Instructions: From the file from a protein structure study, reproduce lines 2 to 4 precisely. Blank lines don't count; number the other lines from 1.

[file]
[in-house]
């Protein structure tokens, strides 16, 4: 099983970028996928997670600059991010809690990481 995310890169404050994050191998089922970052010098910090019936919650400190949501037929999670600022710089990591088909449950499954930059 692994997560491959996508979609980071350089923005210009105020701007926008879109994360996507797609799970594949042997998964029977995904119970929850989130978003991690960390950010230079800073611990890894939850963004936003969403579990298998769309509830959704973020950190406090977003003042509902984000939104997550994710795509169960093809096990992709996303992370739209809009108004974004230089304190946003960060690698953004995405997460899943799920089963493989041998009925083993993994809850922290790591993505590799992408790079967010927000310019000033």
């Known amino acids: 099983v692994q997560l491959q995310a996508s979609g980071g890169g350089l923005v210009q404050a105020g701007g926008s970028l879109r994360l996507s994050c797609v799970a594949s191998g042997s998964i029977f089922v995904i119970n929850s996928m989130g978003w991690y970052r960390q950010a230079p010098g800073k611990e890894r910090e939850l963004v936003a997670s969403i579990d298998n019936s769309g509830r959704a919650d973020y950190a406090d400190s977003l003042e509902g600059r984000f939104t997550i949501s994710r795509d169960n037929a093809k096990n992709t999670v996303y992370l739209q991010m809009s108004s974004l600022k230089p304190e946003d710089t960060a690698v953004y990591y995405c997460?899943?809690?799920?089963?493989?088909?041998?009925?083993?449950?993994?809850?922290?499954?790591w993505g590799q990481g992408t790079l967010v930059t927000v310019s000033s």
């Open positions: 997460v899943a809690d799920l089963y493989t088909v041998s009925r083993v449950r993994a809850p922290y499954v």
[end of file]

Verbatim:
């Protein structure tokens, strides 16, 4: 099983970028996928997670600059991010809690990481 995310890169404050994050191998089922970052010098910090019936919650400190949501037929999670600022710089990591088909449950499954930059 692994997560491959996508979609980071350089923005210009105020701007926008879109994360996507797609799970594949042997998964029977995904119970929850989130978003991690960390950010230079800073611990890894939850963004936003969403579990298998769309509830959704973020950190406090977003003042509902984000939104997550994710795509169960093809096990992709996303992370739209809009108004974004230089304190946003960060690698953004995405997460899943799920089963493989041998009925083993993994809850922290790591993505590799992408790079967010927000310019000033």
């Known amino acids: 099983v692994q997560l491959q995310a996508s979609g980071g890169g350089l923005v210009q404050a105020g701007g926008s970028l879109r994360l996507s994050c797609v799970a594949s191998g042997s998964i029977f089922v995904i119970n929850s996928m989130g978003w991690y970052r960390q950010a230079p010098g800073k611990e890894r910090e939850l963004v936003a997670s969403i579990d298998n019936s769309g509830r959704a919650d973020y950190a406090d400190s977003l003042e509902g600059r984000f939104t997550i949501s994710r795509d169960n037929a093809k096990n992709t999670v996303y992370l739209q991010m809009s108004s974004l600022k230089p304190e946003d710089t960060a690698v953004y990591y995405c997460?899943?809690?799920?089963?493989?088909?041998?009925?083993?449950?993994?809850?922290?499954?790591w993505g590799q990481g992408t790079l967010v930059t927000v310019s000033s």
């Open positions: 997460v899943a809690d799920l089963y493989t088909v041998s009925r083993v449950r993994a809850p922290y499954v």